Given limited new funding sources, we will need to leverage resources among agencies, promote public/private partnerships, and focus on projects that provide multiple benefits. One of the ways we can help fund fire hazard management in wildland and urbanizing landscapes is to utilize the woody material removed in fuel reduction projects for bioenergy production. This provides an alternative to fossil fuel use and an associated greenhouse gas benefit, reduces smoke pollution from open burning, and offers economic opportunities in rural communities.

CAL FIRE will continue to work with the U.S. Forest Service, local government, other state and federal agencies, the private sector, the research community and non-governmental organizations to identify climate adaptation needs and opportunities. Together we can accomplish these objectives.

Ken Pimlott, Director
California Department of Forestry and Fire Protection
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PostSun Oct 21, 2018 6:16 pm 
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(yawn)

In a previous thread which was active a month or so back, gb's claims of "record" fires were repeatedly refuted with facts presented. There were much larger fires historically, but gb continues to ignore facts because they don't support his alarmist "global warming" narrative.

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PostSun Oct 21, 2018 6:19 pm 
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Ski wrote:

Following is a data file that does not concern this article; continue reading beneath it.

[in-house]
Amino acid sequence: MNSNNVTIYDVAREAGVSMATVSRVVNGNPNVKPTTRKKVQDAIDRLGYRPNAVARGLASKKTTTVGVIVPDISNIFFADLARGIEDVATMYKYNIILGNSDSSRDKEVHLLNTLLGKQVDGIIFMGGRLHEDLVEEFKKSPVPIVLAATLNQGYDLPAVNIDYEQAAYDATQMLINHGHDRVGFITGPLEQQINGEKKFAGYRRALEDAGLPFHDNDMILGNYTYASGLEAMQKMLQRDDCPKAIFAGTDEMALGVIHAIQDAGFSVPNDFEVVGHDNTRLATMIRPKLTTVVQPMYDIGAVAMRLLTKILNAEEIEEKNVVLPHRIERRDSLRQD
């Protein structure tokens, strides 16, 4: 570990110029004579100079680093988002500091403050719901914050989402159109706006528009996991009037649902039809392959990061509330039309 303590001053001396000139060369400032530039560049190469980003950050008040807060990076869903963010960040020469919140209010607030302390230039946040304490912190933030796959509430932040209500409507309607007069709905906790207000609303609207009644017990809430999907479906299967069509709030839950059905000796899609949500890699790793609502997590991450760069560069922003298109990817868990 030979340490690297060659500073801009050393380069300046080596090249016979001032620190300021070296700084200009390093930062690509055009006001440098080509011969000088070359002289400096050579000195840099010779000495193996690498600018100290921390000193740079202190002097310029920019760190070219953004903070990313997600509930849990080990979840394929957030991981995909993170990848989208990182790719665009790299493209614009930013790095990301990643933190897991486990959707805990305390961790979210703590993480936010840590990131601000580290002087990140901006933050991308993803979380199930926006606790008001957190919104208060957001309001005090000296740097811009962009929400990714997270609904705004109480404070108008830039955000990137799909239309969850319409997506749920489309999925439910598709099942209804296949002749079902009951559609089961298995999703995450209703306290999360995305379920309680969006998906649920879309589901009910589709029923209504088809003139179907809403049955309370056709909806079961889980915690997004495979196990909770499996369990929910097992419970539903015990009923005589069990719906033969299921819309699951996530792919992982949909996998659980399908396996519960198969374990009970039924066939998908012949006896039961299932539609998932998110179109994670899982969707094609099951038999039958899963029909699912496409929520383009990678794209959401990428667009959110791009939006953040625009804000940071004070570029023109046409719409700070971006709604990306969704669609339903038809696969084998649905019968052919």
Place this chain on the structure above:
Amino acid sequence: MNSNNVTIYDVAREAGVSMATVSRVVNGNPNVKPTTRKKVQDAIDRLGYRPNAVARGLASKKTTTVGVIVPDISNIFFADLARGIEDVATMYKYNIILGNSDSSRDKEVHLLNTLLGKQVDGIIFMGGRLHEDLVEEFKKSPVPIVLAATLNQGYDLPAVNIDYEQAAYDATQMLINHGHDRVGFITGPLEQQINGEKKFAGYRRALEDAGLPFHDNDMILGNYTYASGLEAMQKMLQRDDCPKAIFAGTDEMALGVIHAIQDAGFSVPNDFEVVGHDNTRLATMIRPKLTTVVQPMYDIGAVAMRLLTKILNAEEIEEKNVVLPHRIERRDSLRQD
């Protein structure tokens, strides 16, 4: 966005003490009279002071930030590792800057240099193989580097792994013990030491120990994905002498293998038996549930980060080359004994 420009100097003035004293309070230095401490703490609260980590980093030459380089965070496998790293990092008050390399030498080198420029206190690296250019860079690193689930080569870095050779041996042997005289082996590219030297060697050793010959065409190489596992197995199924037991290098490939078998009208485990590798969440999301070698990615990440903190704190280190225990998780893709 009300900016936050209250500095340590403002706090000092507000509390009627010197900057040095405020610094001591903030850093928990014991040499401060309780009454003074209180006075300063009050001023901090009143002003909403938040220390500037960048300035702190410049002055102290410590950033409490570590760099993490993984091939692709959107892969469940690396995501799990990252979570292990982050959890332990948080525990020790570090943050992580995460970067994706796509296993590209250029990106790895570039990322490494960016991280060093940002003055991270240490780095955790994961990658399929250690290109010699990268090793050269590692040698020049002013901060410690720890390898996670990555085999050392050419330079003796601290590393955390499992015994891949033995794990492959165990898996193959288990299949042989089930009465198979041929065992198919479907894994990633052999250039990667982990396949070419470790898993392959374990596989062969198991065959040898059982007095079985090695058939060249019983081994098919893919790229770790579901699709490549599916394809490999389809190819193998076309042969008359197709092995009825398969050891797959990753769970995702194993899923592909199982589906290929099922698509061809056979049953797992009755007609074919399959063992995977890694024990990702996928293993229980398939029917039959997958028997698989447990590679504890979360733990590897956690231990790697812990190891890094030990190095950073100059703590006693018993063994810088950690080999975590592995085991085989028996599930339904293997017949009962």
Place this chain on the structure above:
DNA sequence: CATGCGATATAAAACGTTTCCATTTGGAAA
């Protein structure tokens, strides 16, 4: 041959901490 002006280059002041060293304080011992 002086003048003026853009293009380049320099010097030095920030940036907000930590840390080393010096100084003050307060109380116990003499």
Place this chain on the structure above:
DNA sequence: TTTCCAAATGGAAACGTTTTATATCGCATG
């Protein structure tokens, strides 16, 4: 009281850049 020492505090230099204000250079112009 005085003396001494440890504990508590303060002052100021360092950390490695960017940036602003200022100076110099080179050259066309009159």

(yawn)

In a previous thread which was active a month or so back, gb's claims of "record" fires were repeatedly refuted with facts presented. There were much larger fires historically, but gb continues to ignore facts because they don't support his alarmist "global warming" narrative.

450,000 acres and 277,000 acres this year with thousands of people trying to control the fire lines. Who was controlling the fire lines in 1844?
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PostSun Oct 21, 2018 6:33 pm 
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(yawn)

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PostSun Oct 21, 2018 8:26 pm 
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Quote:
I'll go with what Calfire said

Classic appeal to authority fallacy.  I suggest you present actual evidence if you want anyone to listen to you gb.

As for this bill, its obviously a waste of money.  A tax funding government waste and technology that is not ready.

Research to improve the technology would be much wiser.